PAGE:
**StATS: ****Excluding zip codes with insufficient data (January 19, 2006)**

Someone asked about a study evaluating rates of children with tooth decay according to the zip code they live in. Some zip codes might have hundreds of children evaluated, and others may have only a handful. The question was how to determine when a zip code had so few evaluated children that it would make more sense not to report a rate at all, but instead label that zip code as having insufficient data.

There's no right or wrong answer here, and it may be worthwhile to experiment a bit.

You could use the width of the confidence interval as a guide and set a criteria like the following: we will not report data on any zip code where the width of the confidence interval was greater than plus/minus 20%. That will translate roughly into a sample size cutoff, though it may take a bit of work to figure out exactly what sample size will guarantee that all of your remaining confidence intervals will be narrower than plus/minus 20%. Since the rates also vary, you might find that for two zip codes with the same size, one would have a width slightly greater than plus/minus 20% and the other would be slightly narrower than plus/minus 20%. You should be able to use a bit of trial and error and find something that works reasonably well, or you can estimate the overall rate across all zip codes and find a sample size that would produce a width of plus/minus 20% when the rate was exactly equal to the overall rate.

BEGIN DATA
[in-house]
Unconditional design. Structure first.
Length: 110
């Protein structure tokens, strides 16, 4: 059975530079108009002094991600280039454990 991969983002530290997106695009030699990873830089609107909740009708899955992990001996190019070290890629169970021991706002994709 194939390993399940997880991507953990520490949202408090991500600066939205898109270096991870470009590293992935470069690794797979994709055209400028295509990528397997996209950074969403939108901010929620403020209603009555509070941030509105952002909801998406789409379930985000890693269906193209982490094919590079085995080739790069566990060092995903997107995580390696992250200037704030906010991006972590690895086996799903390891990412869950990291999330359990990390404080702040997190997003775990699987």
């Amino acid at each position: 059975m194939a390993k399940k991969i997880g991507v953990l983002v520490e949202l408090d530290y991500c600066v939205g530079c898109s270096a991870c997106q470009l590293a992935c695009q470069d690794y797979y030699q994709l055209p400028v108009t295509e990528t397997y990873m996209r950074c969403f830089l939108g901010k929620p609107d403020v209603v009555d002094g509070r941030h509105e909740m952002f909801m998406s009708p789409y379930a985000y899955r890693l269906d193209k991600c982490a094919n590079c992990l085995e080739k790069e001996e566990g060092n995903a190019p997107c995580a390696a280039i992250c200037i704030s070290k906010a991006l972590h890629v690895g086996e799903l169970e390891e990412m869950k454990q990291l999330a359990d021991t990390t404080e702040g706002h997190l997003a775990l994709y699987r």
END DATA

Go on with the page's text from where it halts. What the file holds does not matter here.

This page was written by Steve Simon while working at Children's Mercy Hospital. Although I do not hold the copyright for this material, I am reproducing it here as a service, as it is no longer available on the Children's Mercy Hospital website. Need more information? I have a page with general help resources. You can also browse for pages similar to this one at Category: Descriptive statistics.